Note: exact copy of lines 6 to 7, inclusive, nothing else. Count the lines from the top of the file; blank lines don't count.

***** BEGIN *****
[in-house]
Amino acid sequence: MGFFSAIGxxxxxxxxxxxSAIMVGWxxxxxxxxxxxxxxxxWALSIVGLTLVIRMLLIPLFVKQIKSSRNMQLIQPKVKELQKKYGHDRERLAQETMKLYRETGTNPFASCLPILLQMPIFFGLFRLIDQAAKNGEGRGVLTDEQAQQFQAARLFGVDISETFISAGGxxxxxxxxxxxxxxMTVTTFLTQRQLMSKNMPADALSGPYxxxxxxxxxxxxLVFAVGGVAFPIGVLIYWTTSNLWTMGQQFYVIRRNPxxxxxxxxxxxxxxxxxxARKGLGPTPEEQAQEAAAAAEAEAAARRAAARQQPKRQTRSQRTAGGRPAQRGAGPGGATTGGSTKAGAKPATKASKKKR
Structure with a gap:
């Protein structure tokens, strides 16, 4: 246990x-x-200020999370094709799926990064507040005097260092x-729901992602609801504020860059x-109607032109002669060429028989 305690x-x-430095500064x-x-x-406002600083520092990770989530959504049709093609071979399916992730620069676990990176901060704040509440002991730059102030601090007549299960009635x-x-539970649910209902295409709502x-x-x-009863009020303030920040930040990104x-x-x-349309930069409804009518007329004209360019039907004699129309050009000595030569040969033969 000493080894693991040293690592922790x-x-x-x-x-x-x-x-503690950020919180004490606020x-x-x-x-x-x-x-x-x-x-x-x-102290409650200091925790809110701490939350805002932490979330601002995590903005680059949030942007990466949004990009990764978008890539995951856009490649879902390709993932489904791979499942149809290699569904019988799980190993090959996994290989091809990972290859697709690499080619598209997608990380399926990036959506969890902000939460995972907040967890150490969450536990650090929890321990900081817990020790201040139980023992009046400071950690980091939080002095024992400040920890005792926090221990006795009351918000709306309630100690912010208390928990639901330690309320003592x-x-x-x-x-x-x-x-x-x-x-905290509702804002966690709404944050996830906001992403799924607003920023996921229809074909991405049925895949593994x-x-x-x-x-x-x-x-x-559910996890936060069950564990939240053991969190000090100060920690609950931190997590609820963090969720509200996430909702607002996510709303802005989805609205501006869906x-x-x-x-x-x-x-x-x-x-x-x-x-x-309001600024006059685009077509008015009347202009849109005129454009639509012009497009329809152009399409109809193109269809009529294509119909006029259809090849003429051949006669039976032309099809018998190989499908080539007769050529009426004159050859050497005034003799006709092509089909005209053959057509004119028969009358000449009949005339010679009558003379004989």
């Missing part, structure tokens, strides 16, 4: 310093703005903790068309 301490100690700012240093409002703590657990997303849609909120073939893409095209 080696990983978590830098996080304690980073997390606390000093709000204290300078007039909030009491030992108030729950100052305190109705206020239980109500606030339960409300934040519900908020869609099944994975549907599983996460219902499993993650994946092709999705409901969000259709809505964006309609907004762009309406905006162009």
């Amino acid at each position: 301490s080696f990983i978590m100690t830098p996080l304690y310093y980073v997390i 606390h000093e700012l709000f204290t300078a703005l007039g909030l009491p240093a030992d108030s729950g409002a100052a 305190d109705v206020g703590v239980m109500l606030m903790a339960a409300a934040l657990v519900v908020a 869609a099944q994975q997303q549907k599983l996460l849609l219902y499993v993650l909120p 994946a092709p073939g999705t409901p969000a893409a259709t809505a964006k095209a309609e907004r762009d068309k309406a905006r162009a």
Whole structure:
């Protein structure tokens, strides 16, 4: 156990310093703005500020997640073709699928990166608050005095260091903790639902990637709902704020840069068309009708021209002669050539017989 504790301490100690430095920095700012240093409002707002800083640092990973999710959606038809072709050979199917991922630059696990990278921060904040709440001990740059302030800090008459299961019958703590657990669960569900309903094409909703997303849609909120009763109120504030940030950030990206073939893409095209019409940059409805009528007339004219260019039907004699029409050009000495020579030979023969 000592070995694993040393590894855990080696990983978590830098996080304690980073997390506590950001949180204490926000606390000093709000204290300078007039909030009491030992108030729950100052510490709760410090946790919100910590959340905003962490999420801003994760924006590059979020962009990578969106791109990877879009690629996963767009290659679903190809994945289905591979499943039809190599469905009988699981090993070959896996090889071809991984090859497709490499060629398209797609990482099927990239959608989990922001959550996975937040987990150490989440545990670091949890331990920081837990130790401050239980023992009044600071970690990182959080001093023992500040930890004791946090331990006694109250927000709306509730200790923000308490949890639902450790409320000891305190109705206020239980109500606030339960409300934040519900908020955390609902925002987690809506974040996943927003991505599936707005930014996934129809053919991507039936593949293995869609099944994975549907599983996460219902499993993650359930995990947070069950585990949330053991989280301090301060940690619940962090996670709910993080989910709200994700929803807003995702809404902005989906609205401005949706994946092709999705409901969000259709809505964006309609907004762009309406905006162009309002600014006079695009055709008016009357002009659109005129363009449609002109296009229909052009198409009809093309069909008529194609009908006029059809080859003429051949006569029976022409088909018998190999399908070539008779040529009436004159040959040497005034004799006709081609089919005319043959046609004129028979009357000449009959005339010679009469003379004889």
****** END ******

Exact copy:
């Amino acid at each position: 301490s080696f990983i978590m100690t830098p996080l304690y310093y980073v997390i 606390h000093e700012l709000f204290t300078a703005l007039g909030l009491p240093a030992d108030s729950g409002a100052a 305190d109705v206020g703590v239980m109500l606030m903790a339960a409300a934040l657990v519900v908020a 869609a099944q994975q997303q549907k599983l996460l849609l219902y499993v993650l909120p 994946a092709p073939g999705t409901p969000a893409a259709t809505a964006k095209a309609e907004r762009d068309k309406a905006r162009a």
Whole structure: